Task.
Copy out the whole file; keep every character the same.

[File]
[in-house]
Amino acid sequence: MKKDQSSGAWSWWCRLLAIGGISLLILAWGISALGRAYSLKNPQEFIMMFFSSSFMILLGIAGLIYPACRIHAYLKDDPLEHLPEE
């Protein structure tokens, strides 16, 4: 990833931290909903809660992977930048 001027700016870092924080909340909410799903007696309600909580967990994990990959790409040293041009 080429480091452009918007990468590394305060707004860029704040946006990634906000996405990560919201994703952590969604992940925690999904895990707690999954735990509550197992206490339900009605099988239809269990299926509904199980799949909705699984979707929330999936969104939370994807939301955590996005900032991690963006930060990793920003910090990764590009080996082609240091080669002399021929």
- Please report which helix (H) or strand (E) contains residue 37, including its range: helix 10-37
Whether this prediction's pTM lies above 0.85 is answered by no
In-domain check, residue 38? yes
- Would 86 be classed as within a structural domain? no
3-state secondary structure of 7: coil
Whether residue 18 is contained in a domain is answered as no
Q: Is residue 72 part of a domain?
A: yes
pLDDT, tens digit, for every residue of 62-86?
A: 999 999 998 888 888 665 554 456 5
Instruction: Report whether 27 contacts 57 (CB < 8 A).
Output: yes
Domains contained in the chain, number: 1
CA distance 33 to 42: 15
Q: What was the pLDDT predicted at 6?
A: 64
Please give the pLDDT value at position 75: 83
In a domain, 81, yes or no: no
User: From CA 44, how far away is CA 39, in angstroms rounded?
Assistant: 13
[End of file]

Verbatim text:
[in-house]
Amino acid sequence: MKKDQSSGAWSWWCRLLAIGGISLLILAWGISALGRAYSLKNPQEFIMMFFSSSFMILLGIAGLIYPACRIHAYLKDDPLEHLPEE
């Protein structure tokens, strides 16, 4: 990833931290909903809660992977930048 001027700016870092924080909340909410799903007696309600909580967990994990990959790409040293041009 080429480091452009918007990468590394305060707004860029704040946006990634906000996405990560919201994703952590969604992940925690999904895990707690999954735990509550197992206490339900009605099988239809269990299926509904199980799949909705699984979707929330999936969104939370994807939301955590996005900032991690963006930060990793920003910090990764590009080996082609240091080669002399021929």
- Please report which helix (H) or strand (E) contains residue 37, including its range: helix 10-37
Whether this prediction's pTM lies above 0.85 is answered by no
In-domain check, residue 38? yes
- Would 86 be classed as within a structural domain? no
3-state secondary structure of 7: coil
Whether residue 18 is contained in a domain is answered as no
Q: Is residue 72 part of a domain?
A: yes
pLDDT, tens digit, for every residue of 62-86?
A: 999 999 998 888 888 665 554 456 5
Instruction: Report whether 27 contacts 57 (CB < 8 A).
Output: yes
Domains contained in the chain, number: 1
CA distance 33 to 42: 15
Q: What was the pLDDT predicted at 6?
A: 64
Please give the pLDDT value at position 75: 83
In a domain, 81, yes or no: no
User: From CA 44, how far away is CA 39, in angstroms rounded?
Assistant: 13